Physician and author explores the myths around postpartum.
The trap is easy to fall into—images of beautiful babies swaddled in bunting, birth mothers sporting post-birth figures that have immediately snapped back into pre-pregnancy place, mother and child in a blissful breastfeeding scene, fathers embracing skin-to-skin contact with their newborns and on it goes.
While some of those images speak a truth, there’s more to the postpartum story than typically meets the public or social media eyes. The definitions of family and the experiences with welcoming a baby into a home are varied, and, often, those versions don’t make it into many adaptations of the storybook.
Erin Stevens, MD, added to the narrative with her first book, Unexpected: A Postpartum Survival Guide (Wise Ink Creative Publishing, 2020). “I originally was planning to create a short handout that reviewed expectations for the postpartum period to provide to patients in my office as it seems that many people are unprepared for the realities of that time,” the OB/Gyn says. “People don’t generally talk about their postpartum experiences publicly … and there’s sort of this societal assumption that people are just supposed to be happy to have a baby.”
But not everyone goes home from the hospital with a baby. Consider stillbirths, surrogacy, NICU babies, for example. For those who do go home with their child, there can be a host of other postpartum issues, including bleeding, cramping, hemorrhoids, issues with sex, difficulties with lactation, mood issues, poor sleep and on it can go. “When issues do arise then, they’re not sure what’s normal, how to manage it and when they should be reaching out to a healthcare professional,” Dr. Stevens says. “This allows serious complications of many kinds to worsen without appropriate management.”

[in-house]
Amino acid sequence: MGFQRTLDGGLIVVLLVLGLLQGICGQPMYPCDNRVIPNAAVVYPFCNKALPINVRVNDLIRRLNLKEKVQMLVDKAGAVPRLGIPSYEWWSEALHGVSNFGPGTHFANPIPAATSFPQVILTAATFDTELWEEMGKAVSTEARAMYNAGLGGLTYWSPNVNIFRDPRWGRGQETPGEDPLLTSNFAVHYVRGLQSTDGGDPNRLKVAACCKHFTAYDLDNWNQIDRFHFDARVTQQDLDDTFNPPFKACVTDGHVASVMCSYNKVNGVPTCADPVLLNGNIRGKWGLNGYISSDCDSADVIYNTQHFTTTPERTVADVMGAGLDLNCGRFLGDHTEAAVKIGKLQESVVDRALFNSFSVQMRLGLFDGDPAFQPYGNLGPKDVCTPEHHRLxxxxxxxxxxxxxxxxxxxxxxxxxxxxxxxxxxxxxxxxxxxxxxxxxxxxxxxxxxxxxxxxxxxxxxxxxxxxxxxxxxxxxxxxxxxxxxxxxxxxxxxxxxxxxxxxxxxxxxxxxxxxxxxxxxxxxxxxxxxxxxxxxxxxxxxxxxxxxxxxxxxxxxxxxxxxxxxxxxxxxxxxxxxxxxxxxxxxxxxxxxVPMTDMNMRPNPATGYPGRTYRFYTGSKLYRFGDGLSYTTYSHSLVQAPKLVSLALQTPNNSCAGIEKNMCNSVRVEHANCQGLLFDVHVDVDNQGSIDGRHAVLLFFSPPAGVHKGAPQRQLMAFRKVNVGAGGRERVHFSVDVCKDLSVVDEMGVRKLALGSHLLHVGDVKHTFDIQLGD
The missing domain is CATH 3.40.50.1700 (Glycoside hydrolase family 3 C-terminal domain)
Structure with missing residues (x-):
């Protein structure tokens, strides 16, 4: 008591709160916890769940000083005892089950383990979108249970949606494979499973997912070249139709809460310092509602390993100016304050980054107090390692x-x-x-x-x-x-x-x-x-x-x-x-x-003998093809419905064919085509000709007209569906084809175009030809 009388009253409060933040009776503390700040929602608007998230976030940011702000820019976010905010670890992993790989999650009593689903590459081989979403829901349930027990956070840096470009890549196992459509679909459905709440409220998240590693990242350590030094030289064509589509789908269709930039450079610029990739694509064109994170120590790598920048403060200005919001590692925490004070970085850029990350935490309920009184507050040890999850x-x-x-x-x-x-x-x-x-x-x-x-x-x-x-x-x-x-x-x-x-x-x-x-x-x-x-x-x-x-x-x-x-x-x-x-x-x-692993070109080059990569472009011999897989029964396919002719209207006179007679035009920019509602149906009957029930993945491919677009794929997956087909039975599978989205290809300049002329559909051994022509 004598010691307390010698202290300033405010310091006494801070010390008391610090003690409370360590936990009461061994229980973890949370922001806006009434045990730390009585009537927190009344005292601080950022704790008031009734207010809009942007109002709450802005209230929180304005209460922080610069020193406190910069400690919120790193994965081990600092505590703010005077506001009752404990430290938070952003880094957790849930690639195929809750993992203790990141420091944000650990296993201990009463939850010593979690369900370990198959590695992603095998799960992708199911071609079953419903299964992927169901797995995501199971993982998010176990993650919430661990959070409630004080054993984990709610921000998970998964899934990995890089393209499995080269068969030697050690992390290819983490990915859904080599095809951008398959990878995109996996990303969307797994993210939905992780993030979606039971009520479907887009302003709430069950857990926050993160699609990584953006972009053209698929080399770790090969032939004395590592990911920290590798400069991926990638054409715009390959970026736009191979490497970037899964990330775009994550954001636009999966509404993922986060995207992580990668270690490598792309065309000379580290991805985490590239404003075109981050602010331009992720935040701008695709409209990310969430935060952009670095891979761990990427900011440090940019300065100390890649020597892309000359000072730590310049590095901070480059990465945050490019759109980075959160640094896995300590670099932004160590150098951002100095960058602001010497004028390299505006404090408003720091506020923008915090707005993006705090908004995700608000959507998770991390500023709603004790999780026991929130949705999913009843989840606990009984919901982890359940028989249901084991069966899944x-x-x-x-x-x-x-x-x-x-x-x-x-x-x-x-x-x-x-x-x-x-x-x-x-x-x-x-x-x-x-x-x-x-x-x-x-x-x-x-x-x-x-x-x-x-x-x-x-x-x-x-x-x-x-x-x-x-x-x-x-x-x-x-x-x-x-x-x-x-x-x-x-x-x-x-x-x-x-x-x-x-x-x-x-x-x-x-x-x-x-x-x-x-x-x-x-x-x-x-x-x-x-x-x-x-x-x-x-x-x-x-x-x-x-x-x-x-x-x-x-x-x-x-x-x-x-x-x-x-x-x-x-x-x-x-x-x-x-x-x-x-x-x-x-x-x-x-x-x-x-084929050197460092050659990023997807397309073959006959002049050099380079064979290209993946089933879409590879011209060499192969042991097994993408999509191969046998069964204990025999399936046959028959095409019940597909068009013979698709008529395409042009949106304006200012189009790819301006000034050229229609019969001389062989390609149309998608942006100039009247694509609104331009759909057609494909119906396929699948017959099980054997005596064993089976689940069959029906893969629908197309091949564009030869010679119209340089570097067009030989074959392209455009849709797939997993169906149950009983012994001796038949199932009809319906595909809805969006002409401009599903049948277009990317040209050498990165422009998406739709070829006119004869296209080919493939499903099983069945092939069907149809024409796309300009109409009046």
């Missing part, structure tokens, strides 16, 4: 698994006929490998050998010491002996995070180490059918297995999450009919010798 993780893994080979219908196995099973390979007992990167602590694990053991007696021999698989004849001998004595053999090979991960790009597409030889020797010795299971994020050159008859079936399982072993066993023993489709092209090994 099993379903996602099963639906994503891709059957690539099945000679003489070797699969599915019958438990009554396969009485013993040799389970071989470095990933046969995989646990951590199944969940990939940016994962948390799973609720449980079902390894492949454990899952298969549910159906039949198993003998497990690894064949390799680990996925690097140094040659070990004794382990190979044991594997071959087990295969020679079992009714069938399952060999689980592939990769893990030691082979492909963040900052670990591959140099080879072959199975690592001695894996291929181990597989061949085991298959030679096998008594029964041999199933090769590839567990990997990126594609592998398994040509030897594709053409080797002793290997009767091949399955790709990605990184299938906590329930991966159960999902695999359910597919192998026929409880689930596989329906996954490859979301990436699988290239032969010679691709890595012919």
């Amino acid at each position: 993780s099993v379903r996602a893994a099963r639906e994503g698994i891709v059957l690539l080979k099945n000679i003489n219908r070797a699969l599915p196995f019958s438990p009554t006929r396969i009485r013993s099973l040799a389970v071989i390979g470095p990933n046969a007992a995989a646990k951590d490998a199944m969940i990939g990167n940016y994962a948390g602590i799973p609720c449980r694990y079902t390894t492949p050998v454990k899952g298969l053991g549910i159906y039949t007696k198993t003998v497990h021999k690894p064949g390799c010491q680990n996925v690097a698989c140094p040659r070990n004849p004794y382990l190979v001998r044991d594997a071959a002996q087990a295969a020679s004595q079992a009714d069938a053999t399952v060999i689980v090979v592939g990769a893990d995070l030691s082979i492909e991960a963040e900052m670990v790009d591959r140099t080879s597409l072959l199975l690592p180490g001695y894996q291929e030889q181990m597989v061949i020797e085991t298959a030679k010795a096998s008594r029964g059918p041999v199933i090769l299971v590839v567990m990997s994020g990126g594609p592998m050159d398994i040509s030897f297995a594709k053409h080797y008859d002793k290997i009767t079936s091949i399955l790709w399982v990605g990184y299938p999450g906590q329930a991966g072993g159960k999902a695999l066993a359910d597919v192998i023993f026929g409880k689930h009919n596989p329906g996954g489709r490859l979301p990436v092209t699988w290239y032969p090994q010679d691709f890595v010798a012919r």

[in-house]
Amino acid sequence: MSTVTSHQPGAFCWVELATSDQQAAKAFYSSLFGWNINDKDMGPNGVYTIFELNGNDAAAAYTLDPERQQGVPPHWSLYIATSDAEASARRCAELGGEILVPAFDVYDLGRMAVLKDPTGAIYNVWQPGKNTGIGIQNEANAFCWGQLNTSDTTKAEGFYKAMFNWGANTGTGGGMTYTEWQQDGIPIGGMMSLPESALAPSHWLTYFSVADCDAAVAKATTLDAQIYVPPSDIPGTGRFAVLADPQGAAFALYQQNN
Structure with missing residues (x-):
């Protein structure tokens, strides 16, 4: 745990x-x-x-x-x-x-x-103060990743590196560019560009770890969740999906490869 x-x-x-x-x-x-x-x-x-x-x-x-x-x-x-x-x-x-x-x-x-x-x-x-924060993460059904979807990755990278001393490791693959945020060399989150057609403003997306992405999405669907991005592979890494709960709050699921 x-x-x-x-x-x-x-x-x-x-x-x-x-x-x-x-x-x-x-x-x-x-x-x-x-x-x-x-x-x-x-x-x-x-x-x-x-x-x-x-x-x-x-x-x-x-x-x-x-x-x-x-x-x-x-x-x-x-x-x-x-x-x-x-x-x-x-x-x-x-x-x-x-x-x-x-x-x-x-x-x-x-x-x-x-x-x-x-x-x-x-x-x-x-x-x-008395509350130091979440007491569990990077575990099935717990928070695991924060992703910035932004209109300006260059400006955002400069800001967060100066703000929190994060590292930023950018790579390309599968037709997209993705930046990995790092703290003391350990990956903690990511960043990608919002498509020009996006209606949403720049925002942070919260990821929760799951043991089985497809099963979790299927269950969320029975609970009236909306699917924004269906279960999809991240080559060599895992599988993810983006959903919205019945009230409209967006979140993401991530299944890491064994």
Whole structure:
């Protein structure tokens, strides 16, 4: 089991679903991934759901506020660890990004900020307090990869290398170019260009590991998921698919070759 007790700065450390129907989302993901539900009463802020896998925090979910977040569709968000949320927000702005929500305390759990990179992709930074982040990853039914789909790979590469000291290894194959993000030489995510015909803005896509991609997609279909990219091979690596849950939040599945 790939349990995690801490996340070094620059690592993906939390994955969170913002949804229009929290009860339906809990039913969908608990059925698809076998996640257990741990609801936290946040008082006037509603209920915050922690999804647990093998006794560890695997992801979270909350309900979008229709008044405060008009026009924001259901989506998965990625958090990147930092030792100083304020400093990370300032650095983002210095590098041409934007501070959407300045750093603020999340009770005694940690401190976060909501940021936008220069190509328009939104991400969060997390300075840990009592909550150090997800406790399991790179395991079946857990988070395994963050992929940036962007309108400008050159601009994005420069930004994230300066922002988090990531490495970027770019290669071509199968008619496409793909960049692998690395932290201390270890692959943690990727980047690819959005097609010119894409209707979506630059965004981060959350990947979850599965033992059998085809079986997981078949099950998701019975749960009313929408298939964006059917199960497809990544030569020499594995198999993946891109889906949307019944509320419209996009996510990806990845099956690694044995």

Stevens, who has worked at Maple Grove’s Clinic Sofia since 2017, strives to make the book accessible and relevant to everyone, who can experience pregnancy, including transgender and non-binary individuals, gestational carriers, people who experience a stillbirth and their partners. “This meant not carrying assumptions that there’s a baby present postpartum; avoiding words like woman, mother and parent; and acknowledging without judgment that each individual’s experience may be different than that of the next,” she says.
Each chapter is driven by medical information and anecdotes and most conclude with symptom information, key products and questions to ask a healthcare professional. Topics include vaginal tearing , Cesarean section issues, bleeding, cramping, urinary issues, constipation, hemorrhoids, exercise, body changes, sex, birth control, breast- and chest feeding, formula feeding, postpartum mood disorders, bonding, sleep, emergencies and more.
“… now more than ever, people are in need of additional guidance,” Stevens says. “Many are finding they don’t have the same access to a routine prenatal care schedule, childbirth education, lactation support, hospital tours, etc. that they would have had before the pandemic. It’s a scary time with a lot of unknowns. Information and support is so crucial. It’s also incredibly important to normalize asking for help—from friends, family and healthcare professionals—when needed.”
According to Erin Stevens, MD, postpartum mood disorders occur more often than believed, and underreporting remains a significant issue when gathering data.
“The biggest misconception is that it indicates the person suffering with it is a bad person or bad parent,” she says. “That is absolutely not tßhe case, but this perception prevents many people from talking about their symptoms and makes the situation worse.”
“[They] may be experienced by the person who gave birth, their partner(s) or adoptive parents,” she says.
Symptoms may include:
Loss of interest/pleasure in previously enjoyable activities
Loss of appetite or overeating
Insomnia or sleeping too much
Racing or obsessive thoughts
Rapid mood swings
Feelings of hopelessness or worthlessness
Inability to concentrate
Fear of failing as a parent
Thoughts of harm to one’s self, baby or others